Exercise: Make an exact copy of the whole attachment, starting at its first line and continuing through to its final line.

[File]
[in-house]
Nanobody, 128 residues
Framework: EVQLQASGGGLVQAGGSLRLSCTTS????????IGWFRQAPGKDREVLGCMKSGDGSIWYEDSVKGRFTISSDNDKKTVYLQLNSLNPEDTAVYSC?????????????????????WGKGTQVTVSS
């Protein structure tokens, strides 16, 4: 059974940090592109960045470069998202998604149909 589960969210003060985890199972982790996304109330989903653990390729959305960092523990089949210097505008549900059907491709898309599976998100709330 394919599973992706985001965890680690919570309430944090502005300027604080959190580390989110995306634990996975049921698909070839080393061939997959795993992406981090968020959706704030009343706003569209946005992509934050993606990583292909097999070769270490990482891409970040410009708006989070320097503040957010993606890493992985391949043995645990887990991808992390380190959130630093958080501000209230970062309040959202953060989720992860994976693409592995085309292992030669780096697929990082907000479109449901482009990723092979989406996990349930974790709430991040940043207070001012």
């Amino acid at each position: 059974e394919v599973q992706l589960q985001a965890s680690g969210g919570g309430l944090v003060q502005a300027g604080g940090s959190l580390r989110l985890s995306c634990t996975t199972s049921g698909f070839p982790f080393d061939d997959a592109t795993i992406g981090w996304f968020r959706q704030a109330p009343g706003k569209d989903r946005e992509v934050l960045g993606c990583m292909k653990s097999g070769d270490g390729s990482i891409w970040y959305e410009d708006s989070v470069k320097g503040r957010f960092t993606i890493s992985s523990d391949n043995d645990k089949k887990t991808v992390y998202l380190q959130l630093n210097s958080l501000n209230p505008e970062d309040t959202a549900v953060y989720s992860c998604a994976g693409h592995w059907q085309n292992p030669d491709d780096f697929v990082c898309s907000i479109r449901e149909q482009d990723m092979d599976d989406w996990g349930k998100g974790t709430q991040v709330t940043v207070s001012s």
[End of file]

[in-house]
Nanobody, 128 residues
Framework: EVQLQASGGGLVQAGGSLRLSCTTS????????IGWFRQAPGKDREVLGCMKSGDGSIWYEDSVKGRFTISSDNDKKTVYLQLNSLNPEDTAVYSC?????????????????????WGKGTQVTVSS
């Protein structure tokens, strides 16, 4: 059974940090592109960045470069998202998604149909 589960969210003060985890199972982790996304109330989903653990390729959305960092523990089949210097505008549900059907491709898309599976998100709330 394919599973992706985001965890680690919570309430944090502005300027604080959190580390989110995306634990996975049921698909070839080393061939997959795993992406981090968020959706704030009343706003569209946005992509934050993606990583292909097999070769270490990482891409970040410009708006989070320097503040957010993606890493992985391949043995645990887990991808992390380190959130630093958080501000209230970062309040959202953060989720992860994976693409592995085309292992030669780096697929990082907000479109449901482009990723092979989406996990349930974790709430991040940043207070001012």
């Amino acid at each position: 059974e394919v599973q992706l589960q985001a965890s680690g969210g919570g309430l944090v003060q502005a300027g604080g940090s959190l580390r989110l985890s995306c634990t996975t199972s049921g698909f070839p982790f080393d061939d997959a592109t795993i992406g981090w996304f968020r959706q704030a109330p009343g706003k569209d989903r946005e992509v934050l960045g993606c990583m292909k653990s097999g070769d270490g390729s990482i891409w970040y959305e410009d708006s989070v470069k320097g503040r957010f960092t993606i890493s992985s523990d391949n043995d645990k089949k887990t991808v992390y998202l380190q959130l630093n210097s958080l501000n209230p505008e970062d309040t959202a549900v953060y989720s992860c998604a994976g693409h592995w059907q085309n292992p030669d491709d780096f697929v990082c898309s907000i479109r449901e149909q482009d990723m092979d599976d989406w996990g349930k998100g974790t709430q991040v709330t940043v207070s001012s």